WHO RIGHTFULLY OWNS $12.5-MILLION TICKET?
Someone in Burlington, Ontario may be $12.5 million dollars richer – and not even know it.
In 2003, someone from Burlington or St. Catherines bought a lottery ticket. After the lottery draw, they went to a store called Variety Plus in Burlington to see if they’d won anything.
They had – they’d won a free ticket. But they never received that ticket, presumably because the employee at Variety Plus lied and kept the ticket for herself.
That free ticket went on to win the jackpot – $12.5 million dollars.
The store manager’s sister claimed the prize, and in December 2003 was given $12.5 million.
The Ontario Lottery and Gaming Corporation (OLG) is the organization that collects the money people pay for lottery tickets, and gives out the prizes. They had no idea that the woman was not the true owner of the ticket.
She would never have gotten caught, except that in 2007 there were a lot of these kinds of thefts, with people who sell lottery tickets keeping the winnings for themselves.
That prompted the OLG to take a closer look at ticket sellers, and to put safeguards in place to stop such thefts. It also made them take another look at past winnings, and the OLG became suspicious about the 2003 case.
The woman, and two of her relatives, have been charged with fraud and money laundering and if they are convicted, may go to jail.
In the meantime, there’s someone out there who is the rightful owner of the $12.5 million lottery ticket. Who is it? Police are using sophisticated computer programs to figure that out. They’ll look at where the person bought other tickets in the past to figure out where he or she might work and live. They also have some other clues they’re not telling the public, which might help them find the person.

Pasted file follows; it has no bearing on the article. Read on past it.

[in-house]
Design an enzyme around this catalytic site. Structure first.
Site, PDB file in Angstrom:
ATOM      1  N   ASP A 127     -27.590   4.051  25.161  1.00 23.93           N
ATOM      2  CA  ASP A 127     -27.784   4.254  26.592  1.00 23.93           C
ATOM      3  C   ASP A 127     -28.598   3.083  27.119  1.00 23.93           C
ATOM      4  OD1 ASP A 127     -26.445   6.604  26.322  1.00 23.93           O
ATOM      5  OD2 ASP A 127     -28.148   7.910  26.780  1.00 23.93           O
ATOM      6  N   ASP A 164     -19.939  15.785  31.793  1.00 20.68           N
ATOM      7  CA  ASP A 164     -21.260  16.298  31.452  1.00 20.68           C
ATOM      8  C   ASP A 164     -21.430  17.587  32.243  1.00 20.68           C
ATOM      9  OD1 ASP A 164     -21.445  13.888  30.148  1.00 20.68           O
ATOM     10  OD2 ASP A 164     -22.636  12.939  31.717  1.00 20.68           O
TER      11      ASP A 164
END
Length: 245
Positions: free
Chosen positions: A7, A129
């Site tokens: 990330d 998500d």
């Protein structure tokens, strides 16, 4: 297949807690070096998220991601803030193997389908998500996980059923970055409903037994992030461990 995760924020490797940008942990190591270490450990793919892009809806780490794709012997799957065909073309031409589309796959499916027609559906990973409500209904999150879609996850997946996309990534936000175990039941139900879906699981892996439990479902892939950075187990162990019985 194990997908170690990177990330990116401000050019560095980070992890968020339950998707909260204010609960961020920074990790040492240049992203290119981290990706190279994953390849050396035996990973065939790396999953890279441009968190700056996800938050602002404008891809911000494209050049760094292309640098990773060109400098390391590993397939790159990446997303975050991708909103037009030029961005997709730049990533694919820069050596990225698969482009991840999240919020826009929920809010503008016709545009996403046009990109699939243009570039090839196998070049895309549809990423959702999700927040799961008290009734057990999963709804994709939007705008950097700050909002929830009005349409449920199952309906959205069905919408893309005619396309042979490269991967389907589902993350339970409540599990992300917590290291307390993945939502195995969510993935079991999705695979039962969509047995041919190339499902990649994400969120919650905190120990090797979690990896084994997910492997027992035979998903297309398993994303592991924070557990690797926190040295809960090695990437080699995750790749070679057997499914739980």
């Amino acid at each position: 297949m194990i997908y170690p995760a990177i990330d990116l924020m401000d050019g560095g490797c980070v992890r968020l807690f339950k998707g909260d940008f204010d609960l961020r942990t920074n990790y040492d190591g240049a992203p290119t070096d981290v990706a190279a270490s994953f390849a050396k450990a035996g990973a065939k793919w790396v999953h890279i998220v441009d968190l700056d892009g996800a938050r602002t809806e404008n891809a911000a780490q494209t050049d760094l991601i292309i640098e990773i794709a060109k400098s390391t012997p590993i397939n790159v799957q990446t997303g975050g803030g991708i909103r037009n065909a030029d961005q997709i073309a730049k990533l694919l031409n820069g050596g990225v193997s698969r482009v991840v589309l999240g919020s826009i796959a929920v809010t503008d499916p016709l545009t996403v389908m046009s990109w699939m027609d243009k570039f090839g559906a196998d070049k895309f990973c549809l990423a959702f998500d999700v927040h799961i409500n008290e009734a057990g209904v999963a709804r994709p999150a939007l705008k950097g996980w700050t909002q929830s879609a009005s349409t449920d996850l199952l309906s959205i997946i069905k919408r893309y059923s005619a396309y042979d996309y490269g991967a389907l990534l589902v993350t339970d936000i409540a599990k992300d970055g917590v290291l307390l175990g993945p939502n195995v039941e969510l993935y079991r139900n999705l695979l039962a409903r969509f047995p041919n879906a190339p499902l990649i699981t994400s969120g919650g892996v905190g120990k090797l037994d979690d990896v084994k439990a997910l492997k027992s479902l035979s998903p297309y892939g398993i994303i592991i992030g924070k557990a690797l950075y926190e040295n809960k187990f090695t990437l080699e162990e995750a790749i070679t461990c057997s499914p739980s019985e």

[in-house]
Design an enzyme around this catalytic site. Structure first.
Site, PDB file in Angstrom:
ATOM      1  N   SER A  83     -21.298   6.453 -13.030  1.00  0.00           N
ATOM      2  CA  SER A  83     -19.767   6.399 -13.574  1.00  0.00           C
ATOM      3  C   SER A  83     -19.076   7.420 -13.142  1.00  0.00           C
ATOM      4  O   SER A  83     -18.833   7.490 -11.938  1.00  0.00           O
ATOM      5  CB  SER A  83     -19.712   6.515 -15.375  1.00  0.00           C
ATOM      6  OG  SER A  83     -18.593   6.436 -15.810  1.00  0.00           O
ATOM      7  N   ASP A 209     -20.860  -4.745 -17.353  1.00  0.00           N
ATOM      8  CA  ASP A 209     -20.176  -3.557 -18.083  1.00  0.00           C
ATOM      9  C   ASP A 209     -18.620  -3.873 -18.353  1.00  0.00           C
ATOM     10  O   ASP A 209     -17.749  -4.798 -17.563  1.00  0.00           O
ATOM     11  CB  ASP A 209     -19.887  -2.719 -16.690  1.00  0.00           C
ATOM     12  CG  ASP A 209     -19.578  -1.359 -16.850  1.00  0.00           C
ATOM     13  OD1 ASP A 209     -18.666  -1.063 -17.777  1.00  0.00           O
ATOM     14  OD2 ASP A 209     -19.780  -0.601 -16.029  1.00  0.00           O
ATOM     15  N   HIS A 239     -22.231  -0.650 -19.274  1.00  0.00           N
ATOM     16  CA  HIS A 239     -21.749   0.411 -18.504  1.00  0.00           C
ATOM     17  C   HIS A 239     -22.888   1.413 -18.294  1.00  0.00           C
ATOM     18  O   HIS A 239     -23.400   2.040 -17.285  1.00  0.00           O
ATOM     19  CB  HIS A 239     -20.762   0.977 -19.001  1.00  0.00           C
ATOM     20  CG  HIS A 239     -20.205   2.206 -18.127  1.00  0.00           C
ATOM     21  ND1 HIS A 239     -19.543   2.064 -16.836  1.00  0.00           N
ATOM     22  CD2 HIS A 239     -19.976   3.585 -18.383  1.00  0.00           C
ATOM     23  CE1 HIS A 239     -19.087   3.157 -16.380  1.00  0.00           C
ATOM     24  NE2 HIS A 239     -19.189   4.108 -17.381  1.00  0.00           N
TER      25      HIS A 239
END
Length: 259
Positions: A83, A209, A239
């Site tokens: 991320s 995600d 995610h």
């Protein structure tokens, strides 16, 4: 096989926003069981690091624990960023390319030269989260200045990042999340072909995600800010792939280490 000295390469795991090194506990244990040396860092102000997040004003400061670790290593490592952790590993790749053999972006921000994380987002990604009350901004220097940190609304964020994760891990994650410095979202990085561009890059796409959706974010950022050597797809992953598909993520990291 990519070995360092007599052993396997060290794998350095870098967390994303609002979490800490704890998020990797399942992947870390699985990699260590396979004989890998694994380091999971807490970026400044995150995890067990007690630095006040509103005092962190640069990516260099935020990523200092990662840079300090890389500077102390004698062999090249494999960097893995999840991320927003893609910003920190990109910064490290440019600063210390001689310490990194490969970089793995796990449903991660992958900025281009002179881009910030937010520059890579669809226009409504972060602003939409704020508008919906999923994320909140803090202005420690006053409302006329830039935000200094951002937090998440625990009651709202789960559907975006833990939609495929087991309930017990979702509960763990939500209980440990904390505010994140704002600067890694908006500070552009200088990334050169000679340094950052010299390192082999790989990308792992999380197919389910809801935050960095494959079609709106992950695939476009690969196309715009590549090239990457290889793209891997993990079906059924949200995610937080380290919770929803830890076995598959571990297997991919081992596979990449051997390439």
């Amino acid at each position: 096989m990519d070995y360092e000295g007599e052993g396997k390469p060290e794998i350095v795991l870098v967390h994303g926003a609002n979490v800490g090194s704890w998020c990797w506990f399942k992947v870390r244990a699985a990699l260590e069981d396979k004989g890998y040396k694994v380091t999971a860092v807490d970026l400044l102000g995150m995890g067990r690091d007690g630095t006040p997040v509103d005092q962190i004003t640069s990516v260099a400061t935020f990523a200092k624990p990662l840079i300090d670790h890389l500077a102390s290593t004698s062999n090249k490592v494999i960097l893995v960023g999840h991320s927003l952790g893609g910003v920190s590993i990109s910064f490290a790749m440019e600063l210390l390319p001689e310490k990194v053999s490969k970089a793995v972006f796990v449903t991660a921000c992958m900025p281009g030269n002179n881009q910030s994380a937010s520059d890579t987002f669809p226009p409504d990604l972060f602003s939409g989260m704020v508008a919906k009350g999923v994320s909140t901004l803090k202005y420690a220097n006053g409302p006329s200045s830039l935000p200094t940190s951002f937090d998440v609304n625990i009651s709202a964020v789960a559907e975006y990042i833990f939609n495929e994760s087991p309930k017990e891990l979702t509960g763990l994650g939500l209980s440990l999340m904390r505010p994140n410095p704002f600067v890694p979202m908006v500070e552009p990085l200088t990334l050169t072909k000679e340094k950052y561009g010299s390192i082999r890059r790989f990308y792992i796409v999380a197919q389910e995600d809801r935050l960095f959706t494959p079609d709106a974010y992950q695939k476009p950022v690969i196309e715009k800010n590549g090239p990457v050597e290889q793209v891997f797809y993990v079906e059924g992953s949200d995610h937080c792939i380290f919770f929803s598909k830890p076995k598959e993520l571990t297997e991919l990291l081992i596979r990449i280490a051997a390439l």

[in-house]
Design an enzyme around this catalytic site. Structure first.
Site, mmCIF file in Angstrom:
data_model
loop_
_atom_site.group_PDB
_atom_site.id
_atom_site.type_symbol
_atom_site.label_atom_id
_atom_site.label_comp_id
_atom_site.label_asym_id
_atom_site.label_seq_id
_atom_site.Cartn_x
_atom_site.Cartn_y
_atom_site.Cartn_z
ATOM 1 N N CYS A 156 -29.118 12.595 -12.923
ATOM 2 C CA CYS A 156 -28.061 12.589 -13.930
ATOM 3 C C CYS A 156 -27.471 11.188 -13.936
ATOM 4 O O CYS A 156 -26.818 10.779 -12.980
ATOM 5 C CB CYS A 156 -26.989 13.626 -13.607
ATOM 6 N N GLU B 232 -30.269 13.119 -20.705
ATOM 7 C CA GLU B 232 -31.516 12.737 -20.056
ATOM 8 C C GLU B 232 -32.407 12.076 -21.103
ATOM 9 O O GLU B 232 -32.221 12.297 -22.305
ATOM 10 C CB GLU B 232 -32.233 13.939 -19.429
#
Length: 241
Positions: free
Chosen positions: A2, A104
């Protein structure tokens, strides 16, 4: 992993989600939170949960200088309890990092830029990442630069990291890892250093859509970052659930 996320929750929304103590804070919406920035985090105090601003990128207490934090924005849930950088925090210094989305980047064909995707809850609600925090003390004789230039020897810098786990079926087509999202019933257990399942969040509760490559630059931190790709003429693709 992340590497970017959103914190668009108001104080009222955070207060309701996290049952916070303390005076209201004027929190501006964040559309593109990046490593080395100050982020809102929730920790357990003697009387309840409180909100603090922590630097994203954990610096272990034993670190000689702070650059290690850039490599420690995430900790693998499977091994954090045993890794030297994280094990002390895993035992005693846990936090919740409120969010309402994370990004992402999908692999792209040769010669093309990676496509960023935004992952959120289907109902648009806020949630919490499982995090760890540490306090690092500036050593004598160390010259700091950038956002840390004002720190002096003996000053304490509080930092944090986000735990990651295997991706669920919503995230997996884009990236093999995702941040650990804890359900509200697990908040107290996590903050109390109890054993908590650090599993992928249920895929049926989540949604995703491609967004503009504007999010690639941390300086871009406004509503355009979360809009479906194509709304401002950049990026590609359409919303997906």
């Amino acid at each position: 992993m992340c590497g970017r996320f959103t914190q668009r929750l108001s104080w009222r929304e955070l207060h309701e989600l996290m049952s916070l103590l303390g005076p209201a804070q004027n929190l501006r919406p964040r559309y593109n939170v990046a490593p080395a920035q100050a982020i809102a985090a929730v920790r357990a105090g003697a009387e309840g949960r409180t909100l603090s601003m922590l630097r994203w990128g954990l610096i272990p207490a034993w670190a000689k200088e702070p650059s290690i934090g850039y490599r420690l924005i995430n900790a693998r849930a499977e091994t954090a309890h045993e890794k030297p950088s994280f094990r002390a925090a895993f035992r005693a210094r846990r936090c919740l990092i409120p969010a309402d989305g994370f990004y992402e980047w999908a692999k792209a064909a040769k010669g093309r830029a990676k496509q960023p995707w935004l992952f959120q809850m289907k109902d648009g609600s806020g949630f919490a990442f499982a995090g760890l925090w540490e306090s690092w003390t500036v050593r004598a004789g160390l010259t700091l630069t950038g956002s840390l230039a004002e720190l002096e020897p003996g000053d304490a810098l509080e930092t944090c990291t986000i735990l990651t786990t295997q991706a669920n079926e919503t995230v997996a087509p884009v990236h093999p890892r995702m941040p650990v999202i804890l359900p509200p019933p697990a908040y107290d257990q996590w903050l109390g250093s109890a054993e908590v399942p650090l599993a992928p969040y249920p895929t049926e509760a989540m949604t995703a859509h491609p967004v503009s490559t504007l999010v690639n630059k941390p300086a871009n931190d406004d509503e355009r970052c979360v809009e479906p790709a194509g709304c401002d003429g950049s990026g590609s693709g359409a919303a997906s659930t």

But it’s likely the person will never be found. So in the meantime… did you or your parents visit Variety Plus in Burlington in 2003?
What could The Ontario Lottery and Gaming Corporation (OLG) do to prevent this type of fraud from happening again?
If you won 12.5 million dollars, what would you do with it?
Why do writers use different types of sentences in their writing?
Short sentences: “They had – they’d won a free ticket.” (to make exact, clear points)
Long sentences: “The Ontario Lottery and Gaming Corporation (OLG) is the organization that collects the money people pay for lottery tickets, and gives out the prizes.” (to provide detailed information)
Questions: “So in the meantime… did you or your parents visit Variety Plus in Burlington in 2003?” (to create curiosity and interest in the reader)
Identify some elements of style, including voice, word choice, and different types of sentences, and explain how they help readers understand texts (OME, Reading: 2.4).
Identify various elements of style – including voice, word choice, and the use of hyperbole, strong verbs, dialogue, and complex sentences – and explain how they help communicate meaning (OME, Reading: 2.4)
Grammar Feature: Apostrophe
Apostrophe: Highlight the different use of the apostrophe in the article.
“After the lottery draw, they went to a store called Variety Plus in Burlington to see if they’d won anything.” (contraction)
“The store manager’s sister claimed the prize, and in December 2003 was given $12.5 million.” (shows possession)